Zyl has just returned from a short-program at The University of Mannheim, Germany. Here, he shares with us his favourite German meal, plus the recipe! YUMM-O!
Rinderrouladen, a classic German dish; the name literally means ‘rolled beef’. Rinderrouladen is a traditional dish, which today is considered more of a holiday meal, or for special occasions. Beef is the most popular of all Rouladen, although it can also be made with chicken, pork, venison, or any other meat that takes your fancy. The dish consists of thinly sliced beef spread with mustard, and sprinkled with chopped gherkin, diced onions, and speck (a salt cured, smoky ham with a lot of fat). It’s then broiled in stock, and, traditionally, served with pickled red cabbage and potato dumplings. A side salad can be added if one wishes to preserve the façade of ‘healthy eating’ ;).
I first encountered this dish in 2008, when I was in Germany for the first time on exchange. I wanted to make something quintessentially German, and my host family obliged. We set about making it as a family, and ended up with sticky fingers and full bellies. We cooked it a couple of times while I was there, and when I came home I cooked it for my family. Apart from my step-father, who has always been a bit reluctant to try new things, everyone really enjoyed it. I cooked it again while I was in Germany this time around, in 2013, and it still doesn’t fail to satisfy an appetite.
Here is the way that I have been taught to make the meal (for four):
- 4 large, thin beef steaks (schnitzel meat is about the right proportion)
- 6 Gherkins, chopped
- 2 Onions, diced
- 200g Speck, diced (smoky bacon will do if speck is too hard to find)
- Hot mustard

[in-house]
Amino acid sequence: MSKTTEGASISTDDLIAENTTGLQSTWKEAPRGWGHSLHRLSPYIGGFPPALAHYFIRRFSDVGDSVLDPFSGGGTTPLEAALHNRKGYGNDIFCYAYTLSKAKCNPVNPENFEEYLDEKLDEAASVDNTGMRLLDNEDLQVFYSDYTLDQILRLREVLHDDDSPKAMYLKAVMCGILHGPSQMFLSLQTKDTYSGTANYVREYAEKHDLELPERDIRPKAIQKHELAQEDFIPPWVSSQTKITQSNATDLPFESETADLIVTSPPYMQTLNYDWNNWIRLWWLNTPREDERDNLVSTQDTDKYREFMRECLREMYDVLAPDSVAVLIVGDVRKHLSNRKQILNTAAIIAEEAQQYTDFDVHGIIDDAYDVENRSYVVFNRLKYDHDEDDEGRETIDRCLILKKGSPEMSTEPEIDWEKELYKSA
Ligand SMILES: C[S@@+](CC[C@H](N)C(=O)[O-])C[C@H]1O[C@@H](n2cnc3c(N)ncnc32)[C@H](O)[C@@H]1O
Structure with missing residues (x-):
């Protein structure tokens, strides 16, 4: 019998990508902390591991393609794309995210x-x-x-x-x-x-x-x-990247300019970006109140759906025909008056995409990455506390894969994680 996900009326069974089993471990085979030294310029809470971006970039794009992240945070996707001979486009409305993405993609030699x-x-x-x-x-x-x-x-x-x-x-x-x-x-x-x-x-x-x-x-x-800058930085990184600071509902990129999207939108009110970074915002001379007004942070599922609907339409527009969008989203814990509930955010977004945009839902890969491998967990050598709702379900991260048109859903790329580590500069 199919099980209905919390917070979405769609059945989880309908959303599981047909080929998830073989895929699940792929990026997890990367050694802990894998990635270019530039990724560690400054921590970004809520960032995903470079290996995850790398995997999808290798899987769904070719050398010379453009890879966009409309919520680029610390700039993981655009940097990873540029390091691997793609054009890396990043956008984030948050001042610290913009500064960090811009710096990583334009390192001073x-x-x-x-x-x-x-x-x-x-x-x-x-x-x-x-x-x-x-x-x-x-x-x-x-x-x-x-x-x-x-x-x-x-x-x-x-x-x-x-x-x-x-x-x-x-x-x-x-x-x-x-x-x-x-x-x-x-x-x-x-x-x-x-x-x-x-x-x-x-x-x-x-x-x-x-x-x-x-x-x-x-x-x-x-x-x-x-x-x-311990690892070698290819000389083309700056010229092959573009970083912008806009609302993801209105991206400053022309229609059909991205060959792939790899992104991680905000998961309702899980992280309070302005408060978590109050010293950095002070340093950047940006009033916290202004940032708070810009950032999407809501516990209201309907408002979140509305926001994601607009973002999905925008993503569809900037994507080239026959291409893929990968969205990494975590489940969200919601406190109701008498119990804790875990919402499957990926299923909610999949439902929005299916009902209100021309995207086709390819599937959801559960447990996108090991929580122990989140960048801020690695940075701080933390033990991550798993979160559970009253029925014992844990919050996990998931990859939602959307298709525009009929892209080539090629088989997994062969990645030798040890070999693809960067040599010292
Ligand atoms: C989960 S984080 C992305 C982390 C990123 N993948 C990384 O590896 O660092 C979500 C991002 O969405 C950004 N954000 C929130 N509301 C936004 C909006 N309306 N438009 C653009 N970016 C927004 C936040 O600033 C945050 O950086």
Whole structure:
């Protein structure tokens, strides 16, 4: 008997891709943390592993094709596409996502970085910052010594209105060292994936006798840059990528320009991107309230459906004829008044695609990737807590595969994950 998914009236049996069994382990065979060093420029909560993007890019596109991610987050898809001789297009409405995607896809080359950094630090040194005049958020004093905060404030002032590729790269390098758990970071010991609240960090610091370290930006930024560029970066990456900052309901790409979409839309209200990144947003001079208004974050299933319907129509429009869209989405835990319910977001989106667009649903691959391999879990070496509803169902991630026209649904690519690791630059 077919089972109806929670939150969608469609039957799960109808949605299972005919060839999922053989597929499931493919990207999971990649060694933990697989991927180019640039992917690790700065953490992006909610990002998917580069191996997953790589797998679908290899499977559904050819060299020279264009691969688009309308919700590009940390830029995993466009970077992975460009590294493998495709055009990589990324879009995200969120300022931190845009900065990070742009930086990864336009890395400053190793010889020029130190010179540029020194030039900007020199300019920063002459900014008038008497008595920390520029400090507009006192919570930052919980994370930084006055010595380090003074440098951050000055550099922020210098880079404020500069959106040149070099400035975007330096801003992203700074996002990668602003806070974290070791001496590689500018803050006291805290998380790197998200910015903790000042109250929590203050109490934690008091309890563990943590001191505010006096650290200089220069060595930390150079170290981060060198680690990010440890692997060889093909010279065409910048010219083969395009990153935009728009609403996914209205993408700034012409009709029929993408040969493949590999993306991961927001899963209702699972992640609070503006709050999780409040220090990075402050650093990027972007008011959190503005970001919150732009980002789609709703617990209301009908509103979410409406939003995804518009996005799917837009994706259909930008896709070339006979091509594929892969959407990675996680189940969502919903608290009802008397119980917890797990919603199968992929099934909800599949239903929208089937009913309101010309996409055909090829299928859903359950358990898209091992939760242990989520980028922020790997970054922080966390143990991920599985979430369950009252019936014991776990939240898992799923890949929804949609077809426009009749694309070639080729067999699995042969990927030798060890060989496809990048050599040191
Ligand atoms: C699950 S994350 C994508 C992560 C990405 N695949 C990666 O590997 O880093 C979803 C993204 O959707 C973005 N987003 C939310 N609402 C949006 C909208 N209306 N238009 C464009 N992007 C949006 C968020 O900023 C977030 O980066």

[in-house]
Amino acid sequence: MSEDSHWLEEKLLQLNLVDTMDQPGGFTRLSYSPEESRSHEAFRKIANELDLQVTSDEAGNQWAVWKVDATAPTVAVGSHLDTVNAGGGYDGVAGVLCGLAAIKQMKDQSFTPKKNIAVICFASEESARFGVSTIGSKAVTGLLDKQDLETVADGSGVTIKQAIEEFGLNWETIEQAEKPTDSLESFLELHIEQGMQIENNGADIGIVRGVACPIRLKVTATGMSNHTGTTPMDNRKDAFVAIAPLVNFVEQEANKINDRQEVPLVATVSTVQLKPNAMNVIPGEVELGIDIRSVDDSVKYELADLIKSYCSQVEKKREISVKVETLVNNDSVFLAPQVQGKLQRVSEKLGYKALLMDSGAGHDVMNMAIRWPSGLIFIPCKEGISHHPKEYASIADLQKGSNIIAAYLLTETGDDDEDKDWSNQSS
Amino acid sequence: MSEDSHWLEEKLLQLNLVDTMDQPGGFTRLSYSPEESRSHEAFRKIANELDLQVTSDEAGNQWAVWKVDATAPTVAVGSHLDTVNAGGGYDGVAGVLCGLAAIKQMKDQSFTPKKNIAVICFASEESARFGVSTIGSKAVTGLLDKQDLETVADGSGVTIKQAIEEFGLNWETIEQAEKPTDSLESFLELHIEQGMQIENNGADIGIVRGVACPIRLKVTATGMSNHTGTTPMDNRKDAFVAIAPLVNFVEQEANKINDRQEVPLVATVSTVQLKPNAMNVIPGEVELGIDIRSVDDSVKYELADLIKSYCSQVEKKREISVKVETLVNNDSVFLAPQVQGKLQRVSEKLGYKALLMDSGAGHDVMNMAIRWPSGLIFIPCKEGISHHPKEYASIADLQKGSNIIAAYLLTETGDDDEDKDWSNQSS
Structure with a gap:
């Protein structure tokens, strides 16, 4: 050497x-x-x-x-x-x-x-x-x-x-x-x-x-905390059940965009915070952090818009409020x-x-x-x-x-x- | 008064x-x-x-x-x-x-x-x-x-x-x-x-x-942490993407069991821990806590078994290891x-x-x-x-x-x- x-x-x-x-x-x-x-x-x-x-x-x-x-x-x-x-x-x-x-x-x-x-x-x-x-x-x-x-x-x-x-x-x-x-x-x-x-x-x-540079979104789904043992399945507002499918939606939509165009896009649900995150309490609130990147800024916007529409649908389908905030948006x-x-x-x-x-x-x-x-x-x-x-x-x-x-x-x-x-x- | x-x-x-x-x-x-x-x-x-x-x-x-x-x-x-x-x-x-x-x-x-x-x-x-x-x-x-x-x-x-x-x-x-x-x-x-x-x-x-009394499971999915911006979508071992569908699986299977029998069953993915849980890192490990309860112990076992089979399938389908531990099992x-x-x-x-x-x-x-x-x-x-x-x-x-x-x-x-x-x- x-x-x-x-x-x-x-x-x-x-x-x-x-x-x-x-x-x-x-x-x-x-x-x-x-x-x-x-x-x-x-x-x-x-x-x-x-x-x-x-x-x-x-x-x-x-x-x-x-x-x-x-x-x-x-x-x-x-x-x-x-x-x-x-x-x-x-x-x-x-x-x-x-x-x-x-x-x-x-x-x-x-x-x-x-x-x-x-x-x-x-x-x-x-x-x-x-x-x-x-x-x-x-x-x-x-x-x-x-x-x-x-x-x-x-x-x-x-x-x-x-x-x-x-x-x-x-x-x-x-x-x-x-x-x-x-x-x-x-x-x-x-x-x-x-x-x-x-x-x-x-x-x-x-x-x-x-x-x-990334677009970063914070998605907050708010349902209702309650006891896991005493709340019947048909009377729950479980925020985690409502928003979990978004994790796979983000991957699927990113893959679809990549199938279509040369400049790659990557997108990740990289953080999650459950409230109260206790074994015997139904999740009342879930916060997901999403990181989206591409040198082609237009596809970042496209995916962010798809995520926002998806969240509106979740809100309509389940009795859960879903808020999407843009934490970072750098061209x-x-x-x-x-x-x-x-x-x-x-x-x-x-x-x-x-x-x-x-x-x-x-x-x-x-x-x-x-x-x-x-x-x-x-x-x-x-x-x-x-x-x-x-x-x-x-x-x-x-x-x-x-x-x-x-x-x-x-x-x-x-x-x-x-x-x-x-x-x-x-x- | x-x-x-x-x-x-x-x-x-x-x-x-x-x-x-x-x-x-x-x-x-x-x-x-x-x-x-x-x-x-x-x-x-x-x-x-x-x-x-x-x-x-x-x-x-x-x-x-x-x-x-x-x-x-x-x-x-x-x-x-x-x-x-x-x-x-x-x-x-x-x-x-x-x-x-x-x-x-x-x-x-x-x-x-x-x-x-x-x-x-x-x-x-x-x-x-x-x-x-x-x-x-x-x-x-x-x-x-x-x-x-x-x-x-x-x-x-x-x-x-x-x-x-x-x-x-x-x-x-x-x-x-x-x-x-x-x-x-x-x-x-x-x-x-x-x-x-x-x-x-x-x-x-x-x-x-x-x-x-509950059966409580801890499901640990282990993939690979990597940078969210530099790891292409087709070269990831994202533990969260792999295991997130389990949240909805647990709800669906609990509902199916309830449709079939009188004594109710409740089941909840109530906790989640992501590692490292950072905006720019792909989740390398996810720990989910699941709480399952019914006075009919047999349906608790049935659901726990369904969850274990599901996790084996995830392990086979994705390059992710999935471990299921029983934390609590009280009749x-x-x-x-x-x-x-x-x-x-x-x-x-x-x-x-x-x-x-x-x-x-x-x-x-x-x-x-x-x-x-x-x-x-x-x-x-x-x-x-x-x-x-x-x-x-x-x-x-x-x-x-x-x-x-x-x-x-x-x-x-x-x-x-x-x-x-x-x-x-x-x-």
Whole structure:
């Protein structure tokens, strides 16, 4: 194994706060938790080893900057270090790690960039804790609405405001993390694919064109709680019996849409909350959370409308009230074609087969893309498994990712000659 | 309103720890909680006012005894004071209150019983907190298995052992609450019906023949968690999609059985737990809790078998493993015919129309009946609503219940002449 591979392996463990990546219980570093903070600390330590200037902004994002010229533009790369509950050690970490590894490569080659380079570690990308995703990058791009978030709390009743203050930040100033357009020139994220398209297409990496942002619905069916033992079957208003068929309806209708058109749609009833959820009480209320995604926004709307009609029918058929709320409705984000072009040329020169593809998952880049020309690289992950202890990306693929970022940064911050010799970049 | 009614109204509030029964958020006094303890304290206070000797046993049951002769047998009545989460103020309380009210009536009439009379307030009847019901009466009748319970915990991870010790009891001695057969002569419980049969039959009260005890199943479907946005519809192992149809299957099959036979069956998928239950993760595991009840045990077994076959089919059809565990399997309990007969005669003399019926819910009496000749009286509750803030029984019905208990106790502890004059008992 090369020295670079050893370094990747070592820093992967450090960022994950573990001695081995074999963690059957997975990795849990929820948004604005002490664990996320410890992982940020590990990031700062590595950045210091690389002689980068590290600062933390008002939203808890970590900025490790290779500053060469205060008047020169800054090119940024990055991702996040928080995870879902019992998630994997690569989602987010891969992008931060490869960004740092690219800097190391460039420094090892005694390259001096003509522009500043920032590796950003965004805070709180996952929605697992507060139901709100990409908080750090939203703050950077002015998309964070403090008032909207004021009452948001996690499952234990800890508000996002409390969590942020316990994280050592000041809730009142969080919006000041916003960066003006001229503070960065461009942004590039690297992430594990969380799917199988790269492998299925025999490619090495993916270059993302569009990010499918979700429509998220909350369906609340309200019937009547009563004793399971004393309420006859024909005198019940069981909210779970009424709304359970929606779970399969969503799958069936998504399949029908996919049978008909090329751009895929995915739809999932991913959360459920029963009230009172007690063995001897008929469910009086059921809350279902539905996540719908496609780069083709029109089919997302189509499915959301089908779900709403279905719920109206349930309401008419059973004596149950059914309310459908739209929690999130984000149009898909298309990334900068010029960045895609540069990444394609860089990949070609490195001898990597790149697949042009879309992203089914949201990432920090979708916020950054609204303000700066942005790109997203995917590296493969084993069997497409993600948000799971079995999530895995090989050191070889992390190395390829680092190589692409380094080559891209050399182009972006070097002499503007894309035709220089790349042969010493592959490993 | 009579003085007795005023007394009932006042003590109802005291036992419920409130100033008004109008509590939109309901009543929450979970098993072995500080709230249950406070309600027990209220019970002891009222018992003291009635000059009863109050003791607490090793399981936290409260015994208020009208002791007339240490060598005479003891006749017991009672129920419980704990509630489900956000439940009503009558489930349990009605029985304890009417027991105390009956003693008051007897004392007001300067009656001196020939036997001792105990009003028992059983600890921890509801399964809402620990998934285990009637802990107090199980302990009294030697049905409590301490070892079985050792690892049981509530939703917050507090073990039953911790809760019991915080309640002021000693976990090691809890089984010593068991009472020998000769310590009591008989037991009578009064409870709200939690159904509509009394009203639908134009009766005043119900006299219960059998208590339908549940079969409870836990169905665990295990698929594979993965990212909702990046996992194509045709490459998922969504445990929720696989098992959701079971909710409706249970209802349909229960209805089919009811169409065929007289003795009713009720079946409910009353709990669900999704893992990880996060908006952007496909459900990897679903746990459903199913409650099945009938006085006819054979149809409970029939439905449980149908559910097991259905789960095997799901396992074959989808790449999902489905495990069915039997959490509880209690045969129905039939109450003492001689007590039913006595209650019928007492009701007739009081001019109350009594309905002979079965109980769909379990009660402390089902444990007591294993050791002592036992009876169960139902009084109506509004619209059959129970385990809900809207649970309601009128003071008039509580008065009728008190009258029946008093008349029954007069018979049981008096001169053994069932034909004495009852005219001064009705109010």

- String, for tying the meat
- 500ml Vegetable stock
- To begin, place your meat out on a board and spread a good layer of mustard over it.
- Next, sprinkle equal portions of the speck, onion and gherkin onto the mustard, making sure to cover only the bottom third of the meat. Season with pepper and salt.
- Roll the meat, beginning from the end with the onions, etc. Tie it so that it will not fall apart while cooking.
- In a heavy set, medium deep pan, sear the meat on all sides until it is a nice brown colour.
- Add the stock, and cover the dish with a clear lid. Lower the heat until the liquid is at a nice simmer.
- Cook the meat for 30 mins. At this point the liquid should be like nice gravy.
- Serve hot, with potato dumplings and pickled red cabbage (both can be made… Or bought at your local supermarket).
Substituting half of the liquid from the stock with red wine makes for extra rich gravy. You can also try adding some vegetables in with the meat during the simmering phase for extra flavour and food. Vegetables you could try would be pumpkin, sweet potato, capsicum mushroom, onions, celery, etc.
So there you have it, a traditional German meal that anyone (except vegetarians) can enjoy. If you’re having Germans over to stay, why not splash out and impress them with your new-found culinary knowledge?
Sounds delicious! I might make this for dinner tonight! What’s YOUR favourite meal from overseas? Don’t worry vegetarians, we’ll post a recipe for you here soon!